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 merlin el mago 8th October 2012 09:14 PM

voltage divider

My preamp has too much gain, I know using a voltage divider at the input can solve, I need to reduce 6 or 12dBs, I think sources have 2V.

http://www.sengpielaudio.com/VoltageDivider01A.gif

Using Z1 & Z2 1R I have an output voltage of 1V = -6dBs attenuation

Using Z1 1R & Z2 0R33 I have an output voltage of 0,5V = -12dBs attenuation

Are my calculations OK?

 sreten 8th October 2012 09:27 PM

Hi,

Post details of your preamp, a far better solution may be very easy.

An attenuator on the pre-amps output is a very poor solution.

CD has max 2V, most other things less, sometimes all you need
is a CD attenuator built into the lead for the the CD, or similar.

rgds, sreten.

 merlin el mago 8th October 2012 09:31 PM

ECC81 mu-follower, gain X60 35,6dBs output impedance 267 ohms

http://www.valvewizard.co.uk/Mufollower2.jpg

 Eli Duttman 8th October 2012 09:38 PM

The math is correct. However, you have to allow for the drive capability of the signal source. Modern, digital, sources can drive the IHF "standard" 10 KOhm load. The total of Z1 and Z2 should be at or slightly above 10 KOhms. The load should be 10X (or higher) Z2.

A good construction method for the divider is to place 1/8 W. 1% tolerance metal film resistors inside the RCA plugs, at the preamp end, of the interconnect cables.

 merlin el mago 8th October 2012 09:45 PM

I like to have the voltage divider at the RCA inputs because I can left differente attenuation in diffferents input, for example:

1 input 6dB attenuation
2 input 12dB attenuations
3 input without attenuation (to play vinyls)

 tomchr 8th October 2012 10:45 PM

Note that Zload is in parallel with Z2, so if your load impedance is close to Z2, you have to take the loading into account to get your 6 dB of attenuation. As a rule of thumb, if Zload > Z2*10, the loading will be negligible.

In addition, as said by others already, you'll have to ensure that the total impedance of the voltage divider presents a reasonable load impedance to the preamp. With your circuit, you'll probably have to aim for Z1+Z2 > 10 kOhm. Perhaps higher.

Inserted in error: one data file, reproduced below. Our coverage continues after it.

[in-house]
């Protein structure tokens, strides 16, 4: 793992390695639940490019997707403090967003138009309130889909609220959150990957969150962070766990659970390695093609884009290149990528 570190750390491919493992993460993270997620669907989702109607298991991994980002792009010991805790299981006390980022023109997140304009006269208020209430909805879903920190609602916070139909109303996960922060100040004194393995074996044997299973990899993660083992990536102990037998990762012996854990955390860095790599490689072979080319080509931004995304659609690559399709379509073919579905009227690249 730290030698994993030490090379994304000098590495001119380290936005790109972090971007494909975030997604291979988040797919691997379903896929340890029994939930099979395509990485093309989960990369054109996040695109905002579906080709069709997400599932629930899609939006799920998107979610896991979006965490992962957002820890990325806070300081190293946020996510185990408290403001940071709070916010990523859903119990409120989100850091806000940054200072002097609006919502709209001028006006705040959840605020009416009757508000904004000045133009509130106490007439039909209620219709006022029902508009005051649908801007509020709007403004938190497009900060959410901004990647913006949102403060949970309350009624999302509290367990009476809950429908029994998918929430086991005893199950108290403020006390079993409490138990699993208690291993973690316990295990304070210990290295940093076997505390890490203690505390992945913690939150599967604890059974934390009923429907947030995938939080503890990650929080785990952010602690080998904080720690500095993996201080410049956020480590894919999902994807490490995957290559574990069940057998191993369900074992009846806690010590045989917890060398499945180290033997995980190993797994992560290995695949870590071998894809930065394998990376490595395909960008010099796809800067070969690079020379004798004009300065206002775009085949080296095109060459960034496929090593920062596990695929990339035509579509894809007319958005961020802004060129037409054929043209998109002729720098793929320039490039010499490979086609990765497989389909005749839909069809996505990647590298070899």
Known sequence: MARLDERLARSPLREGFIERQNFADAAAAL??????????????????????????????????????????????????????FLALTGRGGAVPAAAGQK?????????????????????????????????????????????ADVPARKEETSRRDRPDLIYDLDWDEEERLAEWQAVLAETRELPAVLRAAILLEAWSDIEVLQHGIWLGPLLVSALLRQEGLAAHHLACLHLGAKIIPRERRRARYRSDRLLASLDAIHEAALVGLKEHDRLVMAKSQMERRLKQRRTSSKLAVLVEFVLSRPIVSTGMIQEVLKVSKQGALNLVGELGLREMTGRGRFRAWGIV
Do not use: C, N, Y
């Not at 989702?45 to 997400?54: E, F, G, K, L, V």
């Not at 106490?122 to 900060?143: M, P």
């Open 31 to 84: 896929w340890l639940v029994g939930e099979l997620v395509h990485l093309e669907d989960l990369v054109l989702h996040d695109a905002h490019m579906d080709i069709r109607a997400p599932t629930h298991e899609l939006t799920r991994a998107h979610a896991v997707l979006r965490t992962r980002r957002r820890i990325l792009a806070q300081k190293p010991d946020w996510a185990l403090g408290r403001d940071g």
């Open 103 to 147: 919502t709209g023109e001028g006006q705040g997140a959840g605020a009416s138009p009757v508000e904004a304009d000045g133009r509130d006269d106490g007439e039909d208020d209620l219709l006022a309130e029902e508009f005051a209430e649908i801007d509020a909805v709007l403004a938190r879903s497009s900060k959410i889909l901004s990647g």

A better way to go about this would - in my opinion - be to lower the gain of the preamp. 36 dB is a lot of gain...

~Tom

 gingertube 9th October 2012 04:02 AM

I agree with Tom that reducing the gain of the preamp would be a good idea, unfortunately I don't see anyway to do that easily without introducing other problems.

The usual method of reducing a triode gain stages gain by deleting the cathode bypass capacitor simply doesn't work for mu followers because the bootstrapped anode load impedance is so high that you have very little signal current swing and so don't develop significant signal voltage (feedback) across the cathode bias resistor, in fact I don't see why the cathode bypass cap is there at all.

FOR DISCUSSION ONLY: You may be able to introduce a feedback loop around the whole stage by adding a divider from after the output coupling cap back to the grid of the lower triode. This would make the lower triodes input grid become a virtual earth mixing point and then different gains for different inputs are easily accommodated by different series input resistors, that is, treat the entire mu-follower as if it were an inverting op-amp, not sure if this would give you something good or an oscillator, maybe someone who has actually tried it could venture an opinion.

Cheers,
Ian

 DF96 9th October 2012 09:46 AM

Why not simple delete the preamp? Or at least bypass it for CD and other high level sources.

 merlin el mago 9th October 2012 11:28 AM

Thanks for all advices.

I will try the voltage divider at the input with Z1 6K8 & Z2 3K65, no problem with input impedance of the preamp because is 1Meg, I'll come back with results.

@DF96
That's a good idea I left one stereo input without attenuation to play LPs

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